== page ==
High Gear: Zeal Voyager snowboard goggle review | SummitDaily.com

High Gear: Zeal Voyager snowboard goggle review

Story and photo by Phil Lindeman
The Voyager goggle in Midnight Forest from Zeal Optics of Boulder.
Phil Lindeman / plindeman@summitdaily.com |

Zeal Optics Voyager | $159

Sizes: Fits medium faces

Weight: 8.8 ounces

Lens color: Anti-fog, polarized or photochromatic in 5 colors

VLT: 30 percent

Frame color: Moonstone, Dark Night, Magic School Bus, Midnight Forest, Hexagon Trails, Safari White

Features: Rimless dual-layer lens with quick-release snaps, anti-fog coating, bonus low-light lens, dual strap adjustment with no-slip grips

Options for prescription lenses are available. To purchase or find out more, see zealoptics.com.

Rimless goggles are all the rage right now.

But that’s really no secret to anyone who’s spent time browsing a ski shop or riding a chairlift. Beginning with models like the Smith I/OS series, the rimless trend isn’t just about looking cool (although there’s something vaguely space age about goggles with no plastic around the lens). No, for once, a ski industry trend is also practical: Rimless models tend to be more flexible and interchangeable than the rest, with snaps or clips that hold the lens to the frame and yet still manage to guard against wind, sun, fog and moisture. Or at least that’s the idea.

Enter the Voyager model from Zeal Optics, one of the Boulder manufacturer’s first forays into the rimless world. The goggles feature the same sleek-and-simple look of the rest — rounded edges, photochromatic lenses, flashy straps with dual adjustments — and the quick-release lens system that’s now the standard with these goggles.

Unlike some oversized models — here’s looking at you, Dragon X2 and Electric EG3 — the Voyagers aren’t big enough to double as a serving tray, or make your average rider look like some bug-eyed alien from a ‘50s B-movie. Instead, the Zeal entry is made for medium-sized faces, crafted with reasonable dimensions (4.5 x 5.3 x 8.1 inches) and made for men or women.

The Voyagers stand out in an understated kind of way, and not only in person. The price tag is also understated at $159 retail, or as low as $120 from online retailers. Think of it this way: If all you really need from a pair of goggles is, well, a pair of well-made, tough-as-nails goggles, the Voyagers are a great alternative to big-name brands with outrageous price tags: $180 for the Smith I/OS, $200 for the Oakley Prizm, $220 for the Electric EG3 and up to $270 for the Dragon X2.

Field test

The Voyager might be more affordable than most of the rest, but does it perform as promised on the snow?

The simple answer is yes — with caveats. The Midnight Forest model comes with two lenses, a jade mirror lens for high light and bonus clear-blue lens for low light. Both feature Zeal’s dual-layer anti-fog technology, which melds well with the quick-release frame system. The lenses fit snugly against the frame and show no unwanted cracks or fissures, and that means good ventilation in all conditions. Sure, the lenses will fog after two or three hours of skinning, but the vents do their job and circulate air as soon as you start riding downhill. The lenses themselves are simply top quality, with options for mirrored, photochromatic, polarized and standard coatings.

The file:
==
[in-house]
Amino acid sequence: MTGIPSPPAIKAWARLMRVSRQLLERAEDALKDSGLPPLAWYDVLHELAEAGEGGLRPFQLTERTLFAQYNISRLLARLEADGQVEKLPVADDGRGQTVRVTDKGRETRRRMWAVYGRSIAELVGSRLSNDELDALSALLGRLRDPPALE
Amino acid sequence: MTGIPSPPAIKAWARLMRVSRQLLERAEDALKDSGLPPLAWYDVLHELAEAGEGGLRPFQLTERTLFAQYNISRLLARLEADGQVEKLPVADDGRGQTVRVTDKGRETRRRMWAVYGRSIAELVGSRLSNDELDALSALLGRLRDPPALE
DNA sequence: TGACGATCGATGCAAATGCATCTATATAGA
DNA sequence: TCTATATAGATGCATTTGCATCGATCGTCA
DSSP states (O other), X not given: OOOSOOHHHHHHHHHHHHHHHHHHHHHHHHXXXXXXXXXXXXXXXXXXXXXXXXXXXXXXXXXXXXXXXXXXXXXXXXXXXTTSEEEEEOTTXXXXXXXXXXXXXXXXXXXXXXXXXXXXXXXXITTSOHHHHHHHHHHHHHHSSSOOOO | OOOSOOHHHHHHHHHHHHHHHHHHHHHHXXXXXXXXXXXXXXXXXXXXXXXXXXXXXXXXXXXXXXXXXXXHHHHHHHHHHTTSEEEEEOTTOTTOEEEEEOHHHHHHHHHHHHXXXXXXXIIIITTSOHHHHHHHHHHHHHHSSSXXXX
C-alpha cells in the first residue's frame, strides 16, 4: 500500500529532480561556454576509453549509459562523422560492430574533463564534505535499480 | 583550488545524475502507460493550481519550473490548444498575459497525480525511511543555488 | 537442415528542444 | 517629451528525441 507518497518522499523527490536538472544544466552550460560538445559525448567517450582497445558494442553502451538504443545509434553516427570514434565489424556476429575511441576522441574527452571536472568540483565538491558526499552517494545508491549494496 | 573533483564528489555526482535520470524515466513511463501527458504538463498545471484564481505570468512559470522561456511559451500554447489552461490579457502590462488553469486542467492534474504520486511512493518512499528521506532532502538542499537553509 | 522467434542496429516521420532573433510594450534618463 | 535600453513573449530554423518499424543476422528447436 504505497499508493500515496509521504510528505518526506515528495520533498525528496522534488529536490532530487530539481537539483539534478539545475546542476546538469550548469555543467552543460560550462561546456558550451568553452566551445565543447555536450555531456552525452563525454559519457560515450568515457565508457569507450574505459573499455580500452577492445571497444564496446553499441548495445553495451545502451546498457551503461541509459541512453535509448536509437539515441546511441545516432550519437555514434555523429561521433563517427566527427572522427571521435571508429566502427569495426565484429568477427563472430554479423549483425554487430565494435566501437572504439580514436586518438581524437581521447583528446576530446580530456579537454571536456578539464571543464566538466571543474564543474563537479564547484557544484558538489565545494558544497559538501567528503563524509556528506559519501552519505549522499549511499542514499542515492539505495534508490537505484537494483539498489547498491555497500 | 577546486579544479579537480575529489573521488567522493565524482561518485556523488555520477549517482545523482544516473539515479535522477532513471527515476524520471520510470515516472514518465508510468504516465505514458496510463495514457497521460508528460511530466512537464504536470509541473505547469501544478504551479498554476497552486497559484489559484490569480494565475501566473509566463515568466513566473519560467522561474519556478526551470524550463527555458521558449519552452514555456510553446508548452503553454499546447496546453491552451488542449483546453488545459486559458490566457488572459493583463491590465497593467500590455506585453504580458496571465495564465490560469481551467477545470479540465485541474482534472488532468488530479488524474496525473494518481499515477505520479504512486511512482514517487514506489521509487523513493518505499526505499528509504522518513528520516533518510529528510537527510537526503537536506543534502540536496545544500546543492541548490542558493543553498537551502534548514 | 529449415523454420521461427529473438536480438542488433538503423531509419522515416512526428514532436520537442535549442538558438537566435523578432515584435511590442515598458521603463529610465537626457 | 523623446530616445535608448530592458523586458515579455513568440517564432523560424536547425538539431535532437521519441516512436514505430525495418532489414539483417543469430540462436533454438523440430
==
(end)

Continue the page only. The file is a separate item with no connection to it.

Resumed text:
The quick-release system isn’t exactly intuitive at first, but it doesn’t take long to figure out. It comes with six clips — two on top, two on bottom and two on the sides — and each one snaps or slides to switch out the lens. This system requires more torqueing of the frame than others, like the impossibly easy Dragon system, but as long as you treat the Voyagers like a piece of equipment and not a toy, you won’t risk breaking them. The frame might seem thin with no outer rim, but it’s a perfect combination of burly and flexible. You won’t break them swapping lenses.

The Voyager’s one major misstep: fit. I asked four different people to wear them around for a bit, and of the four, only one said it fit his face perfectly. The rest said it squeezed too tightly on their nostrils (although two of them admitted they have large noses). It didn’t matter if they were wearing beanies or helmets or nothing at all — the nosepiece pinched just enough to be uncomfortable. You should always try on a pair of goggles before buying, and this is no exception to the rule.

On a minor note, I was disappointed with the strap. It fits snug and secure, with two adjustment buckles made large enough to fit a helmet, but the fabric itself started to knot and fray in different areas after just two weeks. No one wants to replace a busted strap every season.


In the world of rimless goggles, the Voyager is a stellar option for guys or gals who want the performance of a high-quality lens and ease of a quick-release system. Just be wary of the fit.

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